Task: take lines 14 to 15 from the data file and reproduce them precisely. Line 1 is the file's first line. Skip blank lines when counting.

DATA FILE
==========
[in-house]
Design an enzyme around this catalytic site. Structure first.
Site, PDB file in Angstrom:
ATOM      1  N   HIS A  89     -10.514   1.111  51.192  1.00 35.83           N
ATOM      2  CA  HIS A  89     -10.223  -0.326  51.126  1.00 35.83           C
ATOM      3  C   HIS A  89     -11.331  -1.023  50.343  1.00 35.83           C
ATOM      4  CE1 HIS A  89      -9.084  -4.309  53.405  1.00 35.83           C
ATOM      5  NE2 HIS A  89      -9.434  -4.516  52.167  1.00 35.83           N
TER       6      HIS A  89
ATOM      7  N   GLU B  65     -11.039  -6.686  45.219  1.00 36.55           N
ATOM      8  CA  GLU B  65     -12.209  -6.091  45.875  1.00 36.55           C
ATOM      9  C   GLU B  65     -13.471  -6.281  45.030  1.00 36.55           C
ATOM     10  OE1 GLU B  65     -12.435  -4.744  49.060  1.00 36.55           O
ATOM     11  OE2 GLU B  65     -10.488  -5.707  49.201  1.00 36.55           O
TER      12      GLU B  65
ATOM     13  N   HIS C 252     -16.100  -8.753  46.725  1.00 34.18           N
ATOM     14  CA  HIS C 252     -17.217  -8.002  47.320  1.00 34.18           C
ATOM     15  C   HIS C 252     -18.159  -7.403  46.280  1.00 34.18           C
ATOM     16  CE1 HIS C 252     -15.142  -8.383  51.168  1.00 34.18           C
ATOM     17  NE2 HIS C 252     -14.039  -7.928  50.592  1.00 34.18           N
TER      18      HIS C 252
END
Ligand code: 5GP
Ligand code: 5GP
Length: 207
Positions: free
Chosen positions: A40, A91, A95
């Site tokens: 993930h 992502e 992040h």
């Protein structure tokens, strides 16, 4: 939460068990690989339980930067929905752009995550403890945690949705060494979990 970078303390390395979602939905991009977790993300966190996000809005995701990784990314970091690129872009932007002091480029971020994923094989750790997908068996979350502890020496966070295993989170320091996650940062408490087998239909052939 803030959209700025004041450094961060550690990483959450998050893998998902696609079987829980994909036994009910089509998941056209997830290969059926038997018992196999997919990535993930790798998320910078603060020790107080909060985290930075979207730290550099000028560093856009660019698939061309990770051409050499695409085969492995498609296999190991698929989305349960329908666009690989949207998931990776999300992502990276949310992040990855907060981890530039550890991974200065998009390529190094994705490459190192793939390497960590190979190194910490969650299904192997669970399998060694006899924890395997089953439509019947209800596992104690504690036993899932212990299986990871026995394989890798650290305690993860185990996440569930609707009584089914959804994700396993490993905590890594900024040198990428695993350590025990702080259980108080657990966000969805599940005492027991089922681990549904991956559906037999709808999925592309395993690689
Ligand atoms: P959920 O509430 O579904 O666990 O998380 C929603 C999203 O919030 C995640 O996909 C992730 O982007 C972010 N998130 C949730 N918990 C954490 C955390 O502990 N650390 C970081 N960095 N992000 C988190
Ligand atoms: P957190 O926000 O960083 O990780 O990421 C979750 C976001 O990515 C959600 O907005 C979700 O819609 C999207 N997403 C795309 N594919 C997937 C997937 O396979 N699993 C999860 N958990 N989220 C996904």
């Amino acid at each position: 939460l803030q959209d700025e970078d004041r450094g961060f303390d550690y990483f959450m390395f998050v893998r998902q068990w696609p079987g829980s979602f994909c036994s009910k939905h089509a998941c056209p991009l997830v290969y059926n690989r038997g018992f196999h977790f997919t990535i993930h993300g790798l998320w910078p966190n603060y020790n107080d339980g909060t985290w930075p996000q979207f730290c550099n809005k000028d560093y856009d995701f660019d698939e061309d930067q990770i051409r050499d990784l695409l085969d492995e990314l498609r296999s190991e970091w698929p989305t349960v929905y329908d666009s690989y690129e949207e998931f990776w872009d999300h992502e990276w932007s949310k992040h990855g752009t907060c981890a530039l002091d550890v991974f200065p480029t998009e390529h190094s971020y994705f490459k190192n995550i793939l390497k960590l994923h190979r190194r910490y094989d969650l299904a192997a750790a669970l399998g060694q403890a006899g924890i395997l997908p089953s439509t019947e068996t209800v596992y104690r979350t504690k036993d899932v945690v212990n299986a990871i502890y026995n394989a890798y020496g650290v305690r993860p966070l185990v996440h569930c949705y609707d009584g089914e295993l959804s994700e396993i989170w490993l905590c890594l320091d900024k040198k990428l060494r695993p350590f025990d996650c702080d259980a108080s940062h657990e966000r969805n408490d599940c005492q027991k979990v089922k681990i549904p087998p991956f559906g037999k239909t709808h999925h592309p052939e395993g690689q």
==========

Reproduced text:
ATOM     11  OE2 GLU B  65     -10.488  -5.707  49.201  1.00 36.55           O
TER      12      GLU B  65